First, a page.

One field further than Wayland played on Saturday night, both Lincoln Sudbury football teams honored longtime coach Yoshitaka Ando, who died of esophageal cancer in December 2019.
In back-to-back games against Concord-Carlisle, countless LS soccer players put “Ando” on their backs, while many of the LS boys sketched “Ando” with black felt-tip pen on a white armband.
More: Lincoln-Sudbury Boys Lacrosse plays in honor of longtime coach Yoshitaka Ando
“He’s an icon at our school,” said Rosa.
“It’s like having a legacy on my back,” said Fiona Prendergast, senior captain of the LS girls. “I want to wear this and I want to make sure nobody forgets it.”
Inspirations for kicks for cancer
Long-time assistant coach of Concord Carlisle football, Steve Wells, was inspired by the event: Lois Wells. She died 14 years ago, but her spirit gave life bringing cancer to the public.
“A lot of people hear the word cancer with a very negative connotation,” said Steve Wells. “We’re really trying to make something positive out of it and not get bogged down in the negativity that is associated with the word.”
I’m at Concord Carlisle for the 15th annual Kicks for Cancer High School soccer tournament. It’s one of the best events of the year. Here are a few pictures of LS & Wayland players honoring loved ones and families affected by cancer. pic.twitter.com/cvNlGSWMYp
– Tommy Cassell (@ tommycassell44) September 26, 2021
Now, 15 events later, Kicks for Cancer is a high school athletics forum to come together for a good cause every fall – and great action.
“The kids are always highly motivated,” Wells said. “When you talk to alumni, they always mention Kicks for Cancer as one of the most memorable experiences on the program – and that includes teams that have won the state championship.”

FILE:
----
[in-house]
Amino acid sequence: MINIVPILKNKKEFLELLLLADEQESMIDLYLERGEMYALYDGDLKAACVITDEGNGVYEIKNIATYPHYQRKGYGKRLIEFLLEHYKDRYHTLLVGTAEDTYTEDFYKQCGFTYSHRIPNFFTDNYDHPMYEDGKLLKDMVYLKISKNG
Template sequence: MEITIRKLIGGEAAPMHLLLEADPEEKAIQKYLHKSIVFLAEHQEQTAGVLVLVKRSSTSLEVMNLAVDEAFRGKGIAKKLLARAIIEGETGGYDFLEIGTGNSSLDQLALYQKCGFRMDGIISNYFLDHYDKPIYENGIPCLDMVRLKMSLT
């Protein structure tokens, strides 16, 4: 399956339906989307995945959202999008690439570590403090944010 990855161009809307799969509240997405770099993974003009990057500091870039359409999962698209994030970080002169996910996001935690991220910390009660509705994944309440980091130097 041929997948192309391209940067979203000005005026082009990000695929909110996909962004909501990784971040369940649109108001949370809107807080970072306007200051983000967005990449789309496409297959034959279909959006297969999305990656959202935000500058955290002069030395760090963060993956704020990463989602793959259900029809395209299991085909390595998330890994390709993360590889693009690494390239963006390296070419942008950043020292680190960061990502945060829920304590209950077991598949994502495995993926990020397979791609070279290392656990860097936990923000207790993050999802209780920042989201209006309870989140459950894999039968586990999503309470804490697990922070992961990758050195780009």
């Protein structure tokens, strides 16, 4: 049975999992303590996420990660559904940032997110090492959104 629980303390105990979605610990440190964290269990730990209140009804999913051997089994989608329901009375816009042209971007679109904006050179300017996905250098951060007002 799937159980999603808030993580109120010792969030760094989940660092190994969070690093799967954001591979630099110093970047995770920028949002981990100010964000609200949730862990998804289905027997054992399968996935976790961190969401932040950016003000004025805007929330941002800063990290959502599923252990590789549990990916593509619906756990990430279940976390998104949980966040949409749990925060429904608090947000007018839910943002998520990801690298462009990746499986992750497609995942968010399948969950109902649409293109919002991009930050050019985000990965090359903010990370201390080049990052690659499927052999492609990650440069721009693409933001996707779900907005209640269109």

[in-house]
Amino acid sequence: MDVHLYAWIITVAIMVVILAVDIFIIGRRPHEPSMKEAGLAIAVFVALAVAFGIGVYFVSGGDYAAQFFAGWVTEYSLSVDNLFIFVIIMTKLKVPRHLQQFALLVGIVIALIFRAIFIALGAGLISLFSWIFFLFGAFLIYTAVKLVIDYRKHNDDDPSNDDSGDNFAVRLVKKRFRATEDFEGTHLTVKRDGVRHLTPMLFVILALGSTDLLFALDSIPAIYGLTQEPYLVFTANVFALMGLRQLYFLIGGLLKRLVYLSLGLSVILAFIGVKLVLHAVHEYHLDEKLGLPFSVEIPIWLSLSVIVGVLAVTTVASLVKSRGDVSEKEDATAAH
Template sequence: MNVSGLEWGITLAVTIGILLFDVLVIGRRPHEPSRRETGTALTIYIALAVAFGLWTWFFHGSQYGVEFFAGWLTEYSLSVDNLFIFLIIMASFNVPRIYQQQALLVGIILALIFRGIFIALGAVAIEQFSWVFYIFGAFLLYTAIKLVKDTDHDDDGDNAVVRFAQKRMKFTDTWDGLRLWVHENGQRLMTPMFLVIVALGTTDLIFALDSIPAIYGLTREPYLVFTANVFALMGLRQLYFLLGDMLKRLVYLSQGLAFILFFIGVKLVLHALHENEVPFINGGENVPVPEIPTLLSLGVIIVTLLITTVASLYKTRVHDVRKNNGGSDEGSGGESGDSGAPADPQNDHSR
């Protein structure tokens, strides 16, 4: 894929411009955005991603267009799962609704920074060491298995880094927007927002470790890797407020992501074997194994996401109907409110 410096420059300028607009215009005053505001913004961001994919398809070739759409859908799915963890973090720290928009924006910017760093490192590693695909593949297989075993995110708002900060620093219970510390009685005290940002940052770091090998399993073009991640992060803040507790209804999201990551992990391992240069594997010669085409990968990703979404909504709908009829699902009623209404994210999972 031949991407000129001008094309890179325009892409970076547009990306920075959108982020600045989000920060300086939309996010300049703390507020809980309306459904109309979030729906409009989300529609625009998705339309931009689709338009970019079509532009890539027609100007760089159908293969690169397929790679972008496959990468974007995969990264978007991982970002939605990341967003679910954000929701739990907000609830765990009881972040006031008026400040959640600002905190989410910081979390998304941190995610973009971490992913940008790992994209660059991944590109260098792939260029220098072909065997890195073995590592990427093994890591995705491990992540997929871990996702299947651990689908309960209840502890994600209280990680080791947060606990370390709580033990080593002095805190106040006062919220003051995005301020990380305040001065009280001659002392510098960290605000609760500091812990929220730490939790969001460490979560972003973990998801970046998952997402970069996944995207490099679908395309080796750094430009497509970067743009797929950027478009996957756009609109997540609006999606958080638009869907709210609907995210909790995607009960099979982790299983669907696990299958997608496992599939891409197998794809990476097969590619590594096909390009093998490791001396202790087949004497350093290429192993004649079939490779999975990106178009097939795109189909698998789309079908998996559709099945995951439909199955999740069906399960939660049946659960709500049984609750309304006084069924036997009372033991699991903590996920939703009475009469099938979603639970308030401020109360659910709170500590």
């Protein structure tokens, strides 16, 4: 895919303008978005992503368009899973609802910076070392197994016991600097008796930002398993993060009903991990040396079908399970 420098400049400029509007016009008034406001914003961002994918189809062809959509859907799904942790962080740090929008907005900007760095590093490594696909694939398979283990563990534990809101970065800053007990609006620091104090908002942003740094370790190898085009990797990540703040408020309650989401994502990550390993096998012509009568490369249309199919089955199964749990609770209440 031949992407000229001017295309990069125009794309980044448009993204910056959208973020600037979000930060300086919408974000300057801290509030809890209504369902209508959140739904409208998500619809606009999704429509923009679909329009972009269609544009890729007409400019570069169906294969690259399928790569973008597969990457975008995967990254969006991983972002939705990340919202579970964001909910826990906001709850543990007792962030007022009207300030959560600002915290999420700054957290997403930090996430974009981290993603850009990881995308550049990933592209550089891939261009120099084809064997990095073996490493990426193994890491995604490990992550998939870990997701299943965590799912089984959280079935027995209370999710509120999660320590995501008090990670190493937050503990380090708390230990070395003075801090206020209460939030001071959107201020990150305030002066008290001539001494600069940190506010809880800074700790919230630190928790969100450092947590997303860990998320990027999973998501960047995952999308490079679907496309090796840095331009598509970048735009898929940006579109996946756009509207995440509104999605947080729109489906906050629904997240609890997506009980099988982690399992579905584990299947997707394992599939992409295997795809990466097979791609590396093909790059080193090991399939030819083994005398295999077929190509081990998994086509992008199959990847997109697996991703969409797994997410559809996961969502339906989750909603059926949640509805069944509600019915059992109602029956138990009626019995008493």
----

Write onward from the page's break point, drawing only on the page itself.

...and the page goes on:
“It’s a really cool experience,” said Matthew Hyer, coach of LS-Boys, who won a state title with the Warriors in 2016.
On Saturday the LS boys’ soccer team defeated their rival CC with a nightcap. After jumping to a 3-0 lead in the second half, the Warriors held onto a tight 3-2 decision. When the referee whistled the final whistle, the squad of LS fans stormed across the field and swarmed the winning team into their own network.
“That was the most fun I had playing football,” said LS senior captain Sean Desmarais.
Junior Dave Doirain scored two goals for the Warriors and was perhaps the highlight of the event on the field – an arched free kick that stuck out over the CC goalkeeper’s outstretched arms into the back of the net.
“All the goals I scored were for people fighting cancer,” said Doirain.
The name “Debbie” was written on the back of his shirt.
She was the mother of one of Doirain’s childhood friends, Trevor Whitmore, who is a junior on the Marlborough High football team. Debbie Whitmore died of colon cancer on November 13, 2014.
When Trevor Whitmore saw the video of Doirain’s goal on social media, he was ecstatic. The Marlborough High Junior felt blessed that Doirain was honoring his mother.
“This man is doing everything he can to represent my own mother and to show that he cares for me and my family,” said Whitmore. “I really like that about him. That means a lot. “
Tommy Cassell is the lead multimedia journalist for the Daily News. He can be reached at firstname.lastname@example.org. Tim Dumas can be reached at email@example.com.